The relation

P(t) {x

S t x P

(1.1).

This shows that a one to one corresponding subdegree of G on S. The number of suborbits or orbitals is said to be rank of G.

The paired orbital P of the orbital P is defined as

P {(x1, x 2 ) | (x 2 , x 1 ) P

(1.2)

The orbital P is known as the self-paired if P = P .

The subsets P and T defined as;

P T

{(x1, x2 )

S | ( x S

x x P

(1.3)

and

(x1, x2 ) ,

Since if P and T are orbitals, then P T will be a union of orbitals i.e

P T .

Therefore, for three binary relations P, T and Q

(P T) Q

This is associated with orbitals.

P (T Q)

Notice that if P and T are invariant of G then P T will also be invariant of G. The equality operator E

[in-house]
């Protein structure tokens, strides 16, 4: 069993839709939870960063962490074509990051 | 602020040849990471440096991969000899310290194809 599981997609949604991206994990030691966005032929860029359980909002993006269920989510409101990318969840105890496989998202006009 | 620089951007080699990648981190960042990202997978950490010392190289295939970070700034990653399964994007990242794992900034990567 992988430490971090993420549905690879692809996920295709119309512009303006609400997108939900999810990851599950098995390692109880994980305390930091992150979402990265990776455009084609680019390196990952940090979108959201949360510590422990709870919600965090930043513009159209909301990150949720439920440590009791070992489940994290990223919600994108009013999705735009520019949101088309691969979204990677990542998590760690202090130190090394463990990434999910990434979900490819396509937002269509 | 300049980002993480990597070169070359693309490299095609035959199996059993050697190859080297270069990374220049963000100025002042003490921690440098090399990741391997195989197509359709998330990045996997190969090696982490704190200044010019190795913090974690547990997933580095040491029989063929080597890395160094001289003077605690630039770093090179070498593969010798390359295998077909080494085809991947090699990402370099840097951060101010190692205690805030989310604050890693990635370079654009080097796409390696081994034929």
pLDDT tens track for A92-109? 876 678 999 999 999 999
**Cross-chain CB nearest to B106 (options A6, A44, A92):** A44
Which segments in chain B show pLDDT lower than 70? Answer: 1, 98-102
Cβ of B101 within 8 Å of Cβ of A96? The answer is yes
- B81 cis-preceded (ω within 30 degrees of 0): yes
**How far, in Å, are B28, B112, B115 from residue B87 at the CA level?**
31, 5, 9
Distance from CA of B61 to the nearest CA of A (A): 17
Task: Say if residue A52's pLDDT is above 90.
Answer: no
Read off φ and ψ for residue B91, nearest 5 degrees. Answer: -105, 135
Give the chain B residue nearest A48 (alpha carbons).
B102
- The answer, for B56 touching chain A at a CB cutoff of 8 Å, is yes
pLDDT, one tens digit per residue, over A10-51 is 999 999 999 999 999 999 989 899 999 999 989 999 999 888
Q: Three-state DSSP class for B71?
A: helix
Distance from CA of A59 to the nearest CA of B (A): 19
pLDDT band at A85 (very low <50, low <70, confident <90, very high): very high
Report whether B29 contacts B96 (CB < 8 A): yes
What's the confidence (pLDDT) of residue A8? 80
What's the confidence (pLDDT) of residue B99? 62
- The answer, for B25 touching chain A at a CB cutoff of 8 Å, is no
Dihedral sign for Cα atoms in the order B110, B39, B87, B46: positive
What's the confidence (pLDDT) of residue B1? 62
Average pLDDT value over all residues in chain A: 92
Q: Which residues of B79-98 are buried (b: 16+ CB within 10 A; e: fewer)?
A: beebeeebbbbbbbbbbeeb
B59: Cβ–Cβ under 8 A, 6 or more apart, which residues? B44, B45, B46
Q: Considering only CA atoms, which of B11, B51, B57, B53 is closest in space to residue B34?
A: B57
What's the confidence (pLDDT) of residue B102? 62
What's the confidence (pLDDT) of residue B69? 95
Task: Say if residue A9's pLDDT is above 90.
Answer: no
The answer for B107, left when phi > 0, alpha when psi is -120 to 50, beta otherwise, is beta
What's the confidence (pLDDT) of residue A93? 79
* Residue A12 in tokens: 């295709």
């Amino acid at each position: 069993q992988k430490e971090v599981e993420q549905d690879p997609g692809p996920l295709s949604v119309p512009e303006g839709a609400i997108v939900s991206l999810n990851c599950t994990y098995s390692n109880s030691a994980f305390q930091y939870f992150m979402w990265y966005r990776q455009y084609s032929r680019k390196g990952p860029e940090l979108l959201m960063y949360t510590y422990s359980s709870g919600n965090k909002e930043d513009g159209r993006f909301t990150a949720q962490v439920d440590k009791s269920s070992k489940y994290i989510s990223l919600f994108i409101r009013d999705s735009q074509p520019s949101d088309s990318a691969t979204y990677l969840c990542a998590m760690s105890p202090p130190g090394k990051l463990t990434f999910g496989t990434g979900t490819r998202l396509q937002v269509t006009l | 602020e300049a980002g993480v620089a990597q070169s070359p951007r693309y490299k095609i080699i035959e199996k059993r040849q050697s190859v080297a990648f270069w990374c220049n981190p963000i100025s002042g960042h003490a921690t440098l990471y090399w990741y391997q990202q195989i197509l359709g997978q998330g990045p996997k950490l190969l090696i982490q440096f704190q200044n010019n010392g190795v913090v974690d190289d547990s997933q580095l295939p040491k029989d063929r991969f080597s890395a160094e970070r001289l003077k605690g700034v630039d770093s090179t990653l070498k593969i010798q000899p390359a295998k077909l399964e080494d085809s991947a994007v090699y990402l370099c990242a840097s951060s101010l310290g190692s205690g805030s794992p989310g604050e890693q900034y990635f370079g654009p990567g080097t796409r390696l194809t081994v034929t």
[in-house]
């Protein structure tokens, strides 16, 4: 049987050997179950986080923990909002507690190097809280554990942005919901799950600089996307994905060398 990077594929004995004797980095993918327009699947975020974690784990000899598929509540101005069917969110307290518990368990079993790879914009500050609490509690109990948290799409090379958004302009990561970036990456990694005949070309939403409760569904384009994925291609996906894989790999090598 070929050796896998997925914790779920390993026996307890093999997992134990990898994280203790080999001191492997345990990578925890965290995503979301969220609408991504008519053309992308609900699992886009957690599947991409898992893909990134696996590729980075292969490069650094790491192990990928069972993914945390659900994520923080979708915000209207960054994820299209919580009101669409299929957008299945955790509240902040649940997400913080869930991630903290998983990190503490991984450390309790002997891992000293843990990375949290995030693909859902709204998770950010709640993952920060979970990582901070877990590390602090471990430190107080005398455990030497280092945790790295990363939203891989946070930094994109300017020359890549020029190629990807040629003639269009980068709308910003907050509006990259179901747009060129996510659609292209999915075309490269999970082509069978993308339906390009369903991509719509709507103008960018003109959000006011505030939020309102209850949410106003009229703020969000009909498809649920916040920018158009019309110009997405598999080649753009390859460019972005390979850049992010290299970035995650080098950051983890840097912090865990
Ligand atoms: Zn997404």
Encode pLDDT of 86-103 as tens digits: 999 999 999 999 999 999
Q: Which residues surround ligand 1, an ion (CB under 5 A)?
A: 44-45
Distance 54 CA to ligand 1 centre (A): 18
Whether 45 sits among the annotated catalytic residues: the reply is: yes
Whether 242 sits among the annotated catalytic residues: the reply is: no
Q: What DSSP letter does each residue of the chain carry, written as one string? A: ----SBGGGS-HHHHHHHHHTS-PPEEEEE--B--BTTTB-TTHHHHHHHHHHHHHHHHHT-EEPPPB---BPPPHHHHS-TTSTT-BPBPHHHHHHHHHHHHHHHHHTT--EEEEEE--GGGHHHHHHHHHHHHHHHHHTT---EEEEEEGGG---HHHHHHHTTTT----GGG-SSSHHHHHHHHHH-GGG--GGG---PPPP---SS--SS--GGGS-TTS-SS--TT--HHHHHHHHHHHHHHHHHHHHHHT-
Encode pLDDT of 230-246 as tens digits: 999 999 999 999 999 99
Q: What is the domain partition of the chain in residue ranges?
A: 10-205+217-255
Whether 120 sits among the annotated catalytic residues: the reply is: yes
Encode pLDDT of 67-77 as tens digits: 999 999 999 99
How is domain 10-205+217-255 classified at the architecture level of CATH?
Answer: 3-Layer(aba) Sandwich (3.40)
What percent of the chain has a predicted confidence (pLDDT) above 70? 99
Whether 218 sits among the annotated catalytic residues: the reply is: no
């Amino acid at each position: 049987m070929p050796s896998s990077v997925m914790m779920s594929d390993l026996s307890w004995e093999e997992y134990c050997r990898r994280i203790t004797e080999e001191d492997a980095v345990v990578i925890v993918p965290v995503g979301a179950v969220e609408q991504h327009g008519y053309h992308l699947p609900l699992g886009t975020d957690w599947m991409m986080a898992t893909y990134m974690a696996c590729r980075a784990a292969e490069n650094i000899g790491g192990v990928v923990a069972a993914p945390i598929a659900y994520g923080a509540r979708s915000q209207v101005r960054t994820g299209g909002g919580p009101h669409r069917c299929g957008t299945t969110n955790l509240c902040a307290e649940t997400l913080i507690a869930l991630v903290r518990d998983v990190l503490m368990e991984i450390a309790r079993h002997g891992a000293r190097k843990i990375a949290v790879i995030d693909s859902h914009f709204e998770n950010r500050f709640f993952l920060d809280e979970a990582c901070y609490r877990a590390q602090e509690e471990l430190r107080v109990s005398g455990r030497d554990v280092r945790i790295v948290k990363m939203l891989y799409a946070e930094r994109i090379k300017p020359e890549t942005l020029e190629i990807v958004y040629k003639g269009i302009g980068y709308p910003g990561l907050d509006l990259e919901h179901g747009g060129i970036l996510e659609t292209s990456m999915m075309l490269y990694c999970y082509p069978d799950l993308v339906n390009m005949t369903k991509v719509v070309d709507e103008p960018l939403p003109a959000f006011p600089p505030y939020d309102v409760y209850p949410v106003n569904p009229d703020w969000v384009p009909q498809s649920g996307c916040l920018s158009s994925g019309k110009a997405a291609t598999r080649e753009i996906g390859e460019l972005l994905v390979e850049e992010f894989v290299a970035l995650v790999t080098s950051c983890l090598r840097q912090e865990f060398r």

is an identity element and the relation P as being a non-trivial if P E . In this sense the empty relation is an element of zero, such that P relations.

• P , for all binary

Let the group G is transitive on a set S and the universal set U satisfies zero invariant of group G binary relation P.

P U

U U P

for any non-

In this section, Neumann, P..M.[3] focuses on a discussion of the equations

P2 P P, Pi

P, P3

P2, Pi

P and Pi = E .

Changliang, X. [2] proposed the two equations of orbitals Pn = Pm and Pm

3. The other section contains the solution of these two orbital equations.

P P,

where m

Let us consider that S is a non-empty set and the group G is a transitive subgroup of S. Some general theory of the permutation group is needed for the statement and proof of the results in this section. For the equation of orbital Pn = Pm, if G is strongly primitive on S.